If you have a ticket valid to Part-Dieu, it technically won’t be valid for the journey on to Perrache

The train services at each station

The majority of the TGV trains to and from Lyon only call at Lyon-Part Dieu, the main exceptions are the TGV InOui services to and from Paris - when travelling from the French capital these trains call at Part-Dieu before going on to Perrache, so in the opposite direction they commence their journeys at Perrache and then call at Part-Dieu.
Some Ougio services to and from Lyon only use Perrache station and the Intercités trains to and from Nantes also call at both Part-Dieu and Perrache

The TER trains between Lyon and Bourg-en-Bresse, Clermont-Ferrand and Roanne, typically depart from and arrive at both Part-Dieu and Perrache.
Though when travelling between Lyon and St Etienne, Villefranche-s-Saone and Vienne, the faster services go to and from Part-Dieu and the slower services to go to and from Perrache.
The TER trains between Lyon and Annecy, Aix-les-Bains, Avignon, Dijon, Geneve, Grenoble and Valence typically only use Lyon-Part Dieu.

Metro connections:

Lyon Perrache is on Line A of the Lyon Metro, while Part-Dieu is on Line B - which connects to Line D at Saxe-Gambetta station

Though the connection between the rail station and metro station at Perrache is an awkward transfer.
If your final destination or starting point in Lyon, is in the area around Bellecour metro station - heading to and from Bellecour on a combination of the Line B at Part Dieu and Line D metro, connecting at Saxe Gambetta, is quicker and easier than using line A between Perrache and Bellecour.

Transferring between Part-Dieu and Perrache stations:

The 'Vivier Merle' tram stop is over to the right when using the Porte Rhône exit The 'Vivier Merle' tram stop is over to the right when using the Porte Rhône exit

The easiest option for making the transfer between the two main railway stations in Lyon is to take a train between Part-Dieu and Perrache, but there can be gaps of nearly an hour between departures.

There is no direct Metro line between Part-Dieu and Perrache stations, so not only do you have to change lines, making the transfer at Charpennes Charles-Hernu station; the metro is also a roundabout route.
Charpennes Charles-Hernu is to the north of Part-Dieu, but Perrache is actually located to the west; hence, when no train is due, using the tram is a better option than taking the metro.

If no trains for Perrache are departing from Part-Dieu within the next 25 - 30mins, it will be quicker to take the tram, rather than waiting for a train.
Trams on line T1 (direction Debourg) depart from every 5-10mins from the 'Vivier Merle' tram stop.
Use the Porte Rhône exit from station and this tram stop is to the right of the pedestrian area in front of the station - the Place Charles Beraudier.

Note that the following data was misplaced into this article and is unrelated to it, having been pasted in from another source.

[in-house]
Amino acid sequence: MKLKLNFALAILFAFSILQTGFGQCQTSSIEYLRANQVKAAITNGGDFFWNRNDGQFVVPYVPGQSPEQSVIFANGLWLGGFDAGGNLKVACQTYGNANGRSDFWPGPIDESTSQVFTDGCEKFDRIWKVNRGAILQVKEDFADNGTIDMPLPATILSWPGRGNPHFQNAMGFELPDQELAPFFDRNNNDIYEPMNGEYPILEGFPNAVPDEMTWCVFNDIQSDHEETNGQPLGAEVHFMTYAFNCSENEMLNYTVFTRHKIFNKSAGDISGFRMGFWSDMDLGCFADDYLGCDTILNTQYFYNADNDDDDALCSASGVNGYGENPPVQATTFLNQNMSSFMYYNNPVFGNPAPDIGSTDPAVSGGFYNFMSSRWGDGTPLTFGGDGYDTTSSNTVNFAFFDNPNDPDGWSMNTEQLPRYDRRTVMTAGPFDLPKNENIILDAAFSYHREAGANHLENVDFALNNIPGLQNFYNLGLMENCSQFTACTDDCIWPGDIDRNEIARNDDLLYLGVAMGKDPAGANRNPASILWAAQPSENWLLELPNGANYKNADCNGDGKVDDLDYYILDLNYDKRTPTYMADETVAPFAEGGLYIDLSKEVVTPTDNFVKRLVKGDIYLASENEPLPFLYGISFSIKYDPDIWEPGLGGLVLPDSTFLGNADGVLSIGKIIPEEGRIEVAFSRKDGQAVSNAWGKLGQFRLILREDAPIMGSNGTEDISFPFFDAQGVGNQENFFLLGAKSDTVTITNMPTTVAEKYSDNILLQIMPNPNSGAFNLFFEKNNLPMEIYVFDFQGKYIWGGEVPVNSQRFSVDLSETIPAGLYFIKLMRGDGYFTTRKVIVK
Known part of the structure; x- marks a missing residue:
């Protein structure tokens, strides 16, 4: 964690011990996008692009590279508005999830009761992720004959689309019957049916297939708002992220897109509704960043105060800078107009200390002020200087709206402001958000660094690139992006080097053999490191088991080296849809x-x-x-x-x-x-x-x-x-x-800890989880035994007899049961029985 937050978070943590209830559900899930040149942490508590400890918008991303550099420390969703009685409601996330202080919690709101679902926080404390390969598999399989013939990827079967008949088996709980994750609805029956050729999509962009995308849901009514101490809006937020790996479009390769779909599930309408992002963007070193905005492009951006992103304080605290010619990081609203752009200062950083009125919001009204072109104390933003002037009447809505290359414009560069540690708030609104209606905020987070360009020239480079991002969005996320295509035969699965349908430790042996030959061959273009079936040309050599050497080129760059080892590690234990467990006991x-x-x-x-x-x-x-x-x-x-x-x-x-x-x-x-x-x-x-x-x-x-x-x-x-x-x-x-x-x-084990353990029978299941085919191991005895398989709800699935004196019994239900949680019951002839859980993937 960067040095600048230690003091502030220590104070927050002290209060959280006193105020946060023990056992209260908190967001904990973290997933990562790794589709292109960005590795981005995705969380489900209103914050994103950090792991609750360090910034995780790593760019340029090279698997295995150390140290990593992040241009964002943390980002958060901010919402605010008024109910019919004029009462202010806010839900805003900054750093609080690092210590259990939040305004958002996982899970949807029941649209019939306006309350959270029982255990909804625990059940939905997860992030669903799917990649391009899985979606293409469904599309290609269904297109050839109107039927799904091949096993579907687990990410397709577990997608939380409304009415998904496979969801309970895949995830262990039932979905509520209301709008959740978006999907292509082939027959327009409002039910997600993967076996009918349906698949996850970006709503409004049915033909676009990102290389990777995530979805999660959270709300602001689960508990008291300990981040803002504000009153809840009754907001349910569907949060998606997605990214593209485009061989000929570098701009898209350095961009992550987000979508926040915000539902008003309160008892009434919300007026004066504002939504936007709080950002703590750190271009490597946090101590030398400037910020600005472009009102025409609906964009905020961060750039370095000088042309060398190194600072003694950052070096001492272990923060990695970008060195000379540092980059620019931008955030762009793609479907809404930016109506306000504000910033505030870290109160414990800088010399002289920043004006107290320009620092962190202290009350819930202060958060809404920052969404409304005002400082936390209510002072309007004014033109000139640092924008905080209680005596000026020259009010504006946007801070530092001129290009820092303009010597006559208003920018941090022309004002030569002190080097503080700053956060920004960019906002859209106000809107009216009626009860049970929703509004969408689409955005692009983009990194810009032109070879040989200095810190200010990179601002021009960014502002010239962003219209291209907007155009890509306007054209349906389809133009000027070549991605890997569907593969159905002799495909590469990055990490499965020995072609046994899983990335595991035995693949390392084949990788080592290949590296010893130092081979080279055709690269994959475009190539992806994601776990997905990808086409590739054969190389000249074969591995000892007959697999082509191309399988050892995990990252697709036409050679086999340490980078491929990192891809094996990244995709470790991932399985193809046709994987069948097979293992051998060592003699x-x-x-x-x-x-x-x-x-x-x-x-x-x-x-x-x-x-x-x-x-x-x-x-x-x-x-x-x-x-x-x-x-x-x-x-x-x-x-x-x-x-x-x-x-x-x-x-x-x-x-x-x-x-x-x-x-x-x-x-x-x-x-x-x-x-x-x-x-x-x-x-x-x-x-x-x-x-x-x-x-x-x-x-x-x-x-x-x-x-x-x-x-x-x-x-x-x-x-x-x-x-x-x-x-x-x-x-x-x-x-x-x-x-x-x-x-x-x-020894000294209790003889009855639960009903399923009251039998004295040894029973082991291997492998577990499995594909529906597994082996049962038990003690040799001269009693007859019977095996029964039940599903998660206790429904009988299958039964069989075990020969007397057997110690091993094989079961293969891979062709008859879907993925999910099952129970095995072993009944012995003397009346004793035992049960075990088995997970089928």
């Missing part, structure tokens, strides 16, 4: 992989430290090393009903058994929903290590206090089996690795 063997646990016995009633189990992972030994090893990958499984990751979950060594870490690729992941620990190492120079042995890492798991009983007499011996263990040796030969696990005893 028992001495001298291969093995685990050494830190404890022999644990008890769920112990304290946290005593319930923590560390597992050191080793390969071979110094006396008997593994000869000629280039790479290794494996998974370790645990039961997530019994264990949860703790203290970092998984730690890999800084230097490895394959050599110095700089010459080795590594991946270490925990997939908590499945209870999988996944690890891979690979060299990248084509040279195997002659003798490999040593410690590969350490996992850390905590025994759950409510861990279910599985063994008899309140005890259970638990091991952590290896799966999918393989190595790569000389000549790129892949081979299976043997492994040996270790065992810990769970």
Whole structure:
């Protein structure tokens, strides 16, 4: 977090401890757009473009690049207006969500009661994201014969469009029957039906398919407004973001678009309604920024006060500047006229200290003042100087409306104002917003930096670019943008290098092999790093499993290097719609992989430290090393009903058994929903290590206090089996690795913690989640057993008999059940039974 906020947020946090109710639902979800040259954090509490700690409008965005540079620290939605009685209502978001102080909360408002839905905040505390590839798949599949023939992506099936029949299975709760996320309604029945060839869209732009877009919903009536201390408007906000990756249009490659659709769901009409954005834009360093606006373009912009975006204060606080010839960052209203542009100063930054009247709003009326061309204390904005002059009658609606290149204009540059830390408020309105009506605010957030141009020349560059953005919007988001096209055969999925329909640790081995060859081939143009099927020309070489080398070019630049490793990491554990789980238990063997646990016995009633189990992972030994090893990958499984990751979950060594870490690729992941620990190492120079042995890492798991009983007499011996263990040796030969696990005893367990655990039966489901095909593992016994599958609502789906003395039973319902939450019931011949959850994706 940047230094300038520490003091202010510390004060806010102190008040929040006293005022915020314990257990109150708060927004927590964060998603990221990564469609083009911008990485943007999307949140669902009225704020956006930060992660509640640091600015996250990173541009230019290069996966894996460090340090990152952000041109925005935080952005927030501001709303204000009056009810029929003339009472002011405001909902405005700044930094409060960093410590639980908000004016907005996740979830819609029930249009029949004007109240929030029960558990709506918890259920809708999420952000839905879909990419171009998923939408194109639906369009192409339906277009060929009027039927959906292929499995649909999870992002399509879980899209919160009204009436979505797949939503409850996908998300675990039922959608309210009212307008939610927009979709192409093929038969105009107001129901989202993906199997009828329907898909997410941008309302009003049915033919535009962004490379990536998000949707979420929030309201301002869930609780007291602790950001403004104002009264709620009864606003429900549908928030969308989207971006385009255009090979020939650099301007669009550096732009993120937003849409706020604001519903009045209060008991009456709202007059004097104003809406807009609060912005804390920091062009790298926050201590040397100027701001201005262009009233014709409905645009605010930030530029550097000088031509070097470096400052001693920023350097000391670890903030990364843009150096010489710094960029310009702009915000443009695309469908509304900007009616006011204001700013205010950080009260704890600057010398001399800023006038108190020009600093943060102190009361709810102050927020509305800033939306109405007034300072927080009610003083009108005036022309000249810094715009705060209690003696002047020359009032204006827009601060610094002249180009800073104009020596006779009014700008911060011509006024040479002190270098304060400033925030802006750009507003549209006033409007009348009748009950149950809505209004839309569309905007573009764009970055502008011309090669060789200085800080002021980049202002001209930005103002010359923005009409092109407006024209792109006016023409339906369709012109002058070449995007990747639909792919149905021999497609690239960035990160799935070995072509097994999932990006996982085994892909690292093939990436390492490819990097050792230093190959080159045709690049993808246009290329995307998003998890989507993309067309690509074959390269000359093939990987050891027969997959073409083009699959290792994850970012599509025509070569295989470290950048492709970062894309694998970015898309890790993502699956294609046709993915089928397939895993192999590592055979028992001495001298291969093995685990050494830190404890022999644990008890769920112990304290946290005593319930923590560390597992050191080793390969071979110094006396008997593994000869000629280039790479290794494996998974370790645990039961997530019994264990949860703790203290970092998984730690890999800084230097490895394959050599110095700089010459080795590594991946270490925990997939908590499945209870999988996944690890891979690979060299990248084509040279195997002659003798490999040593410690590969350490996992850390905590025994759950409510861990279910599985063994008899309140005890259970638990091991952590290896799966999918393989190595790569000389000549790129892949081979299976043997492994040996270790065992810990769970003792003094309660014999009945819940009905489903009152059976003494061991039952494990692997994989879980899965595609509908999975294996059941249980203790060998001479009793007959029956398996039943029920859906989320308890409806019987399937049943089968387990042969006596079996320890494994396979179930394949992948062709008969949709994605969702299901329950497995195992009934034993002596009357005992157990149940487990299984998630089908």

When you arrive at Perrache don't alight at the stop named 'Perrache; instead leave the tram at the next stop, named Place des Archives, as it is closer to a new entrance to the rail station, which also offers step-free access to the trains.

To Fourviére from Part-Dieu

The easiest access to the historic Fourviére area from Part Dieu is to:

(1) take Metro line B (direction Ouillins) two stops to Saxe Gambetta station - where you can make transfer to Metro Line D (direction Vaise).

(2) From Saxe Gambetta station, take the Metro Line D three stops to Vieux Lyon station.

(3) At Vieux Lyon station connect into the funicular for Fourviére.

Transferring between Part Dieu And Saint-Exupéry Airport:

Lyon’s Saint-Exupéry Airport isn’t linked to Lyon’s Metro, but an express tram service, the Rhônexpress, provides a direct link between the airport and Part-Dieu station - the journey takes around 30 mins.

FROM PART-DIEU: The Rhônexpress tram stop is outside the Porte Alpes exit, as you leave the station building, the tram stop is on the far right.

FROM SAINT EXUPÉRY: The tram stop is just outside Lyon Saint-Exupéry TGV station -  a moving walkway connects the airport terminals to.the station.

If Lyon Saint-Exupéry TGV is the only station call your train is making in the Lyon area, you can use the Rhônexpress to transfer to Part-Dieu station.

From the airport to Lyon city centere:

The Rhônexpress also calls at Vaulx-en-Velin La Soie station -  where transfer is possible to Lyon Metro Line A.

If you’re travelling between Saint-Exupery and the city centre, making this connection into Metro Line A here, is a quicker and easier option than taking the Rhônexpress from/to Part-Dieu.

City Guides

France's second city is inevitably packed with attractions, which make a train trip to Lyon worthwhile.

Top Things To Do In Lyon (Lonely Planet)

15 Recommendations from a Lyon Resident (Ashley Abroad)

Unusual Attractions in Lyon (Atlas Obscura)

15 Top Rated Attractions (Planet Ware)

10 Free Things To Do In Lyon (The Good Life France)